On May 15, a Washington, D.C., court awarded $332 million in damages to an American family whose 16-year-old son was killed in a 2006 suicide bombing in Israel. The court determined that Syria was guilty and would have to pay the judgment because it supported the Palestinian group Islamic Jihad, which actually carried out the attack. The judgment against Damascus is perhaps no coincidence as Syria is currently on everyone’s enemy list, but the principle involved, that supporters of militant groups can be held legally responsible for the consequences of that support, is referred to as “lawfare.” The preeminent promoter of the use of lawfare is the Israeli group Shurat HaDin, which on its website describes how its various courtroom victories have made it the “bane of anti-Israel groups throughout the world.”
Shurat HaDin was in the forefront of opposition to the Gaza aid flotilla of 2011. It successfully pressured the Greek government to physically stop the boats from sailing and international insurers to deny coverage to the vessels involved. It sent warning letters to the U.K.- and U.S.-based global satellite company INMARSAT stating that it might be liable for massive damages and criminal prosecution if it provided communication services. The legal warning asserted that under U.S. law, INMARSAT and its officers would “be open to charges of aiding and abetting terrorism if it provides satellite services to the Gaza-bound ships.” It should be noted that the ships were completely and scrupulously legal, were breaking no laws, and were carrying humanitarian supplies that had been inspected. All passengers and crews had signed pledges of nonviolence.
Recently, Shurat HaDin has been threatening to use litigation on American university campuses. Its website explains that “the Law Center, through its American office, has begun to monitor the rampant anti-Semitism and anti-Zionism in colleges and universities. It has informed the presidents of academic institutions that their schools could face civil and criminal liability for tolerating ‘an environment of intimidation and hostility’ that fails to protect Jewish and Israeli students against anti-Semitic harassment.”
Shurat HaDin, though an Israeli nongovernmental organization, is particularly active in the United States, exploiting the fact that American courts have proven willing to hear lawsuits directed against any terrorist group anywhere in the world even if no U.S. citizens are involved based on the principle that terrorism is an international crime. Existing terrorism legislation in the U.S. making it illegal to provide “material support” to any group designated as terrorist is itself lawfare, using deliberately vague language to justify nearly anything if a terrorist group is in any way involved or can plausibly be implicated. The law itself provides an elastic framework for litigation. Shurat HaDin’s intention is to silence any and all criticism of Israel, and, to do so, it works assiduously to connect governments and organizations to proscribed terrorist entities so they can be sued for damages. The intention is to use the legal weapon to tie up opponents. Many of the Shurat HaDin charges have proven to be frivolous, but those who are sued have to waste time and resources defending themselves, which is precisely what is intended.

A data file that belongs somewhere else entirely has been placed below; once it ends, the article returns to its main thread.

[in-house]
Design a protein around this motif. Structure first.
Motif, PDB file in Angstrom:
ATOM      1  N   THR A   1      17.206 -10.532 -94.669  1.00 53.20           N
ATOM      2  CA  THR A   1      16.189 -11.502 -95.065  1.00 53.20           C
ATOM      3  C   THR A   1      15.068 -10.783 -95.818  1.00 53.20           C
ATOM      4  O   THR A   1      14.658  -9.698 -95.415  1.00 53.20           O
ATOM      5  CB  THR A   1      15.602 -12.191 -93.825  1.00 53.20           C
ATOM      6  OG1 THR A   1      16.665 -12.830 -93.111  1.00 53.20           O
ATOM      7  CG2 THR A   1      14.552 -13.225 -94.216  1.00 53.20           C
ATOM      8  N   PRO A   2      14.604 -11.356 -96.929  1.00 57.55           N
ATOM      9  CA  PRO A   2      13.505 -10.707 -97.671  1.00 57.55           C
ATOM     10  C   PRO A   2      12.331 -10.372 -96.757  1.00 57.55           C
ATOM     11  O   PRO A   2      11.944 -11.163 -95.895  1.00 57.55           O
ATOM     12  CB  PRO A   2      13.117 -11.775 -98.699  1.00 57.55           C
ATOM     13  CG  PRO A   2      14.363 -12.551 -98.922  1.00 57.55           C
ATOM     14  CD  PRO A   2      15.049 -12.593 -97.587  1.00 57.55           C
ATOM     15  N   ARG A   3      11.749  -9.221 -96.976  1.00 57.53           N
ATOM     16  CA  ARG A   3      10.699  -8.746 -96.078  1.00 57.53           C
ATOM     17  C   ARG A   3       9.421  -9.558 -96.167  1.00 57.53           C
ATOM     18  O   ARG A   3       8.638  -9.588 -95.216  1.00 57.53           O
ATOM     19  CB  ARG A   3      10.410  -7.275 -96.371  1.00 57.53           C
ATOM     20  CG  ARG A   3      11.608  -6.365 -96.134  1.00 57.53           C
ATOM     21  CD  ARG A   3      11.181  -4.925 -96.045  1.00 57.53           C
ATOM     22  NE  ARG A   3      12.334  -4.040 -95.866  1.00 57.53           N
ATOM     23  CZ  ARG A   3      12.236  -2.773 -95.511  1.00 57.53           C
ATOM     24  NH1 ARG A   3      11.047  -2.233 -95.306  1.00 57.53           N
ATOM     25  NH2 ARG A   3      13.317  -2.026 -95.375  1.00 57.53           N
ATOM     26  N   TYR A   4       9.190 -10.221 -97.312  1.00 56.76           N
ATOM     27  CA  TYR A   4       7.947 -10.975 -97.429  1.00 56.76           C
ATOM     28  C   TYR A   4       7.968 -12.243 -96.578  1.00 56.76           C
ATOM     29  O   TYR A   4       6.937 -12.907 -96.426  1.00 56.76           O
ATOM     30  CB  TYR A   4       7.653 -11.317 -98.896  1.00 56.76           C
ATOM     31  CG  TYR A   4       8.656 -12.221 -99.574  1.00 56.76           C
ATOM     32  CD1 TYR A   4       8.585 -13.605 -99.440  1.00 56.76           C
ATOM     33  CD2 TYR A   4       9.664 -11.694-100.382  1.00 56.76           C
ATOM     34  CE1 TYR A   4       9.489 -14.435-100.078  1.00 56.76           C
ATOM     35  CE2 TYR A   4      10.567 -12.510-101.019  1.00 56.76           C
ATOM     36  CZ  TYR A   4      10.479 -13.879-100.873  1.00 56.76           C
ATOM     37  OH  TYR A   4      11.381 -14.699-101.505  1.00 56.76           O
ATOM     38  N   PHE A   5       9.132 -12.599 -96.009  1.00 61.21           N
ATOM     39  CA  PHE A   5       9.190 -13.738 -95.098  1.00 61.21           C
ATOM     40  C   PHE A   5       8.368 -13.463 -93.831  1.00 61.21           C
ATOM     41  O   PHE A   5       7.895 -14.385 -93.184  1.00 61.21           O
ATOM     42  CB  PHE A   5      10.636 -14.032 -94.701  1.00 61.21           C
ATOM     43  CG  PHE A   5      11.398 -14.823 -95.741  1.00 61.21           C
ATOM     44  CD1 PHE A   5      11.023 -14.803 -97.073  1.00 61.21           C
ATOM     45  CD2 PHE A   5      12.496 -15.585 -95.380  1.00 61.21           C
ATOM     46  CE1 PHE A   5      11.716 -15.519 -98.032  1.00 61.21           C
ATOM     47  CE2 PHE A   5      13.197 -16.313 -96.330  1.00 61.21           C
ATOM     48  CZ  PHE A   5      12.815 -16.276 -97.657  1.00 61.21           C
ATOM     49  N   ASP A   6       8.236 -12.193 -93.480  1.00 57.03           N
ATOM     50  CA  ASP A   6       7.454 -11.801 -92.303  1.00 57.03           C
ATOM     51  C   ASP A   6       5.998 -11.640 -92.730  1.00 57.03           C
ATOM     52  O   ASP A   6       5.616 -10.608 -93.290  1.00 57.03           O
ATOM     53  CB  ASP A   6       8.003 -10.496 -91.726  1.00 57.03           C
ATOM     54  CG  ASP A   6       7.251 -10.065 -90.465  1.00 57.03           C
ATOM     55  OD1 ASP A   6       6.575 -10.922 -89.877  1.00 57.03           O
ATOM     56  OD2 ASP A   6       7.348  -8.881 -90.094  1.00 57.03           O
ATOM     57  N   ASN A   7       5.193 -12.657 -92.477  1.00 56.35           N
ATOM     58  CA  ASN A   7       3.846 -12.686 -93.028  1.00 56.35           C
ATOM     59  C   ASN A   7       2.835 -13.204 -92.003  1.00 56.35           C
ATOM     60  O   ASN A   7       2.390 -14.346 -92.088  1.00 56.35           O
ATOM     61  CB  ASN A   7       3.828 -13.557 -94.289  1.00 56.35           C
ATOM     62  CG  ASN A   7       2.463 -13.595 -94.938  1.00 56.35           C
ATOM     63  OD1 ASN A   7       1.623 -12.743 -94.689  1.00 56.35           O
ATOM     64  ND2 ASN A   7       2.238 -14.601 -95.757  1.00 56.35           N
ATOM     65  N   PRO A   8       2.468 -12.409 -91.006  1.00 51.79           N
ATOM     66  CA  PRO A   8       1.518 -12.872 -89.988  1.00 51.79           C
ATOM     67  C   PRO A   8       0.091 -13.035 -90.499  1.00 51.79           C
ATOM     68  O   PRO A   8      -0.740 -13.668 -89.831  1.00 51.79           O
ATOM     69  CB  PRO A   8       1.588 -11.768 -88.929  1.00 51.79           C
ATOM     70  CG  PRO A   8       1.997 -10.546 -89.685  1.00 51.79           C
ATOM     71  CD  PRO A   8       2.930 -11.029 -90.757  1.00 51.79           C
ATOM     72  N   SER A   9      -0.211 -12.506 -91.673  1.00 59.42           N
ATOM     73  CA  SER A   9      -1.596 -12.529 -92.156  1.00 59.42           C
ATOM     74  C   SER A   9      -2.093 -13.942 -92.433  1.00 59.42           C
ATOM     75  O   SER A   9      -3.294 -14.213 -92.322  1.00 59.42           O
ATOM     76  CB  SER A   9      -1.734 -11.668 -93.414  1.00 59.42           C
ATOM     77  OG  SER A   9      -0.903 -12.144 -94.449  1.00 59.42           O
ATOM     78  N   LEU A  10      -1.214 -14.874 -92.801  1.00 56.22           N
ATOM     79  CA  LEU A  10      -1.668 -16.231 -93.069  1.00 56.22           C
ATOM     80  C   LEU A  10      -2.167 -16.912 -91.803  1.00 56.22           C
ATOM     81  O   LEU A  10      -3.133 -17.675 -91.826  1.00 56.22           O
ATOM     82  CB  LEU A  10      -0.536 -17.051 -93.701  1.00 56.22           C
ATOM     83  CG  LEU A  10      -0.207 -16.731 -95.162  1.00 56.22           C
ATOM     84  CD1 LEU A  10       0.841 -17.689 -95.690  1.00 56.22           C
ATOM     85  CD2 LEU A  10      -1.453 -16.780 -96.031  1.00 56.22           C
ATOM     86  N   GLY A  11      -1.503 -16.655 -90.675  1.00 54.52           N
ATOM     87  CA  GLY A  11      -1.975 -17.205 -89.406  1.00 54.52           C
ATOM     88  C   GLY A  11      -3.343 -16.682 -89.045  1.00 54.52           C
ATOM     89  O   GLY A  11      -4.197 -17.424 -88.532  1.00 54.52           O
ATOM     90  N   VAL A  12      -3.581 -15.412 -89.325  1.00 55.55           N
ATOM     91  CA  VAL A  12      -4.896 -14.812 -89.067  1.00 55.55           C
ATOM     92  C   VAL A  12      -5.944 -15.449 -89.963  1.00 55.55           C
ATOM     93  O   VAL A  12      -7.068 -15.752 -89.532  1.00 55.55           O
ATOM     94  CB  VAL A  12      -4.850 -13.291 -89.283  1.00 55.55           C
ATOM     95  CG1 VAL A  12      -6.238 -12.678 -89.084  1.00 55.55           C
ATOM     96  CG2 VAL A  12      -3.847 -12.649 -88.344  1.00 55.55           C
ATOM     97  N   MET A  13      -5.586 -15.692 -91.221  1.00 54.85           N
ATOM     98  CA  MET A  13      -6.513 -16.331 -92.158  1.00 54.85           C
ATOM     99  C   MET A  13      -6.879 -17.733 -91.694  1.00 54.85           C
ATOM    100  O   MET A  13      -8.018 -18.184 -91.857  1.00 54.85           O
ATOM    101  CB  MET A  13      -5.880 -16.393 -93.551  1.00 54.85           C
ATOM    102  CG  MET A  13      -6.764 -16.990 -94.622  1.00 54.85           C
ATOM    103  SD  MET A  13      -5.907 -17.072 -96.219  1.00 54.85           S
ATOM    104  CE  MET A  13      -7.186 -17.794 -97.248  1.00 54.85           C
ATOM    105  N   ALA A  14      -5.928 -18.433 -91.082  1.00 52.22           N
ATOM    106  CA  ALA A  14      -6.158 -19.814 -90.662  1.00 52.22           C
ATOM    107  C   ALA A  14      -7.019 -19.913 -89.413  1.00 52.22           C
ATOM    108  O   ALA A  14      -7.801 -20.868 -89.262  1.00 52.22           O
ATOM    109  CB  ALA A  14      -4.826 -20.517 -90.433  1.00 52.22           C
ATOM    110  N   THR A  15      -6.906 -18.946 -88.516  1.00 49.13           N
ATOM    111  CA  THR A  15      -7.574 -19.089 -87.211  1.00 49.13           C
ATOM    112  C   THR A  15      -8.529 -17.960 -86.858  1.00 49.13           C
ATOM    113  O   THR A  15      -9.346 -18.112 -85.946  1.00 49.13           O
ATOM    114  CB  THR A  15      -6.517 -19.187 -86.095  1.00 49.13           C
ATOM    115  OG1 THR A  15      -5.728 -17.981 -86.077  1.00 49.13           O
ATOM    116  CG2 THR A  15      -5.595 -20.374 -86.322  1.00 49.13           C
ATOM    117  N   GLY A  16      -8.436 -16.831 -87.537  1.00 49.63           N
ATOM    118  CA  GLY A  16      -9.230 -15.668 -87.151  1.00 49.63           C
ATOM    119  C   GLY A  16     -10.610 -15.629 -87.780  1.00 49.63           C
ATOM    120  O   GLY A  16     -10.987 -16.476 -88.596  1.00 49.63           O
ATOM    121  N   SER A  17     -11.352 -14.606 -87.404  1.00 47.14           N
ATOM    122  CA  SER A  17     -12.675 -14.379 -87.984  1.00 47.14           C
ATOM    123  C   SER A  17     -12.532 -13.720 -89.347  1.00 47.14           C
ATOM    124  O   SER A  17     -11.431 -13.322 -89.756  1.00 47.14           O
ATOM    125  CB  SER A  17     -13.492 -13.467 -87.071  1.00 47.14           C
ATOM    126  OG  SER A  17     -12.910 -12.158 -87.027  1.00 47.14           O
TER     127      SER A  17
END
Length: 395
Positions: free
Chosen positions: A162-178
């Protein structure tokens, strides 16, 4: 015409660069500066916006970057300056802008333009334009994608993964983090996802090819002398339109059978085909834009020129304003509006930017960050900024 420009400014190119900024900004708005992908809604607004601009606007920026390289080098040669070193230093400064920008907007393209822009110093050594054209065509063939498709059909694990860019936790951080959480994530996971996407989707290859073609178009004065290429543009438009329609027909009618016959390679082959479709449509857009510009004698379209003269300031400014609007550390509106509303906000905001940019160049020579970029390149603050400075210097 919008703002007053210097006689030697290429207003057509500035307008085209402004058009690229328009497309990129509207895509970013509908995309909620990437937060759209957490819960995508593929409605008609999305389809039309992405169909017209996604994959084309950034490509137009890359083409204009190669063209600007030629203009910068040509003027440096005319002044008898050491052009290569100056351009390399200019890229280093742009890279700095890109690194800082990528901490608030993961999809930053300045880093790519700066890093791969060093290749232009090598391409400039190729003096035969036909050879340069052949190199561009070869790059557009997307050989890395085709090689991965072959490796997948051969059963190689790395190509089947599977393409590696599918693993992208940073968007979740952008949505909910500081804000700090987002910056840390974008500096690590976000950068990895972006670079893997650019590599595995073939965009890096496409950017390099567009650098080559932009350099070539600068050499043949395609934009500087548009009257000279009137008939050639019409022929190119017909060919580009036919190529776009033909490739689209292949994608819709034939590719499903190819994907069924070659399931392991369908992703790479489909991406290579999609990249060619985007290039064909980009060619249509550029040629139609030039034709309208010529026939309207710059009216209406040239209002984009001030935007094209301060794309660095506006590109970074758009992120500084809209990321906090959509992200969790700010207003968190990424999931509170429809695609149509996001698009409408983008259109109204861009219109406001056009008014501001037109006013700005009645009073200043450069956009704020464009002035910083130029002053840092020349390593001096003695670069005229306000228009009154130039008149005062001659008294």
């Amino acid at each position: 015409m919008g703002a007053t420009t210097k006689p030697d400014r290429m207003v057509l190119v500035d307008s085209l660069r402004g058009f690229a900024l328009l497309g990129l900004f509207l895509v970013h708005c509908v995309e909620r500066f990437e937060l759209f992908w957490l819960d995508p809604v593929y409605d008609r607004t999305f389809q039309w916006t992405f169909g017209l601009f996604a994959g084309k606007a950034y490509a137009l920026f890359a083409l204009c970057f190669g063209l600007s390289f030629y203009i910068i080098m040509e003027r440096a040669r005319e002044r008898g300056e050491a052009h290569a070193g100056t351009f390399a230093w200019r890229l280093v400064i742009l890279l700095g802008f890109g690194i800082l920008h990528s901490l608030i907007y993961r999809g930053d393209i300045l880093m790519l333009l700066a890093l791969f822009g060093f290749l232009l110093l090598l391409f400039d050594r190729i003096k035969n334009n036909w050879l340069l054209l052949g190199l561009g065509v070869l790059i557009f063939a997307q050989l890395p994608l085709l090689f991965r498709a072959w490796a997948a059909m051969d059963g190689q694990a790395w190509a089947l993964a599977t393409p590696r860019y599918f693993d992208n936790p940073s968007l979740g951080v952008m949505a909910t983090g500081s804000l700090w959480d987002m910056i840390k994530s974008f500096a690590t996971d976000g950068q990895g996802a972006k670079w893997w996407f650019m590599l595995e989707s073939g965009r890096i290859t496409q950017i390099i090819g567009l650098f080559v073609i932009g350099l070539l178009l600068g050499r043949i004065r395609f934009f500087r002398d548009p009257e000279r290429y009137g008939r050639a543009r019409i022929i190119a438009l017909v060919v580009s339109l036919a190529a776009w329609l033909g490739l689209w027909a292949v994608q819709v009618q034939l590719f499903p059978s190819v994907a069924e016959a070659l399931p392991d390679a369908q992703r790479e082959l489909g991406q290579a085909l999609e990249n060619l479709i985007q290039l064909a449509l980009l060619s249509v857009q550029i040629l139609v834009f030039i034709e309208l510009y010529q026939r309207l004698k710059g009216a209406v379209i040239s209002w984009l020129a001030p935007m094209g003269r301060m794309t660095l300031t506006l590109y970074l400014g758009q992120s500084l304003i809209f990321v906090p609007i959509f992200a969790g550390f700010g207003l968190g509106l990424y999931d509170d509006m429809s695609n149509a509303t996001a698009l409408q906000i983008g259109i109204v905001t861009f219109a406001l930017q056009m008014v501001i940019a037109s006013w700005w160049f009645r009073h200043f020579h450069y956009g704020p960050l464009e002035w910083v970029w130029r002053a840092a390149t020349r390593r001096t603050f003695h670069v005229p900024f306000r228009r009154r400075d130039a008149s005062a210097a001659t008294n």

For example, in January 2012, Shurat HaDin warned the landlord of the Palestine Liberation Organization in Washington and the Verizon telephone company that providing premises and services to the PLO was illegal and could lead to criminal prosecution. More recently, in April, Shurat HaDin advised the Israeli government that the so-called flytilla activists who intended to “fly-in” to Israel for a nonviolent protest should be arrested and prosecuted “to deter participants … from taking part in future ‘flytillas.’” This is precisely what the Israeli government subsequently did.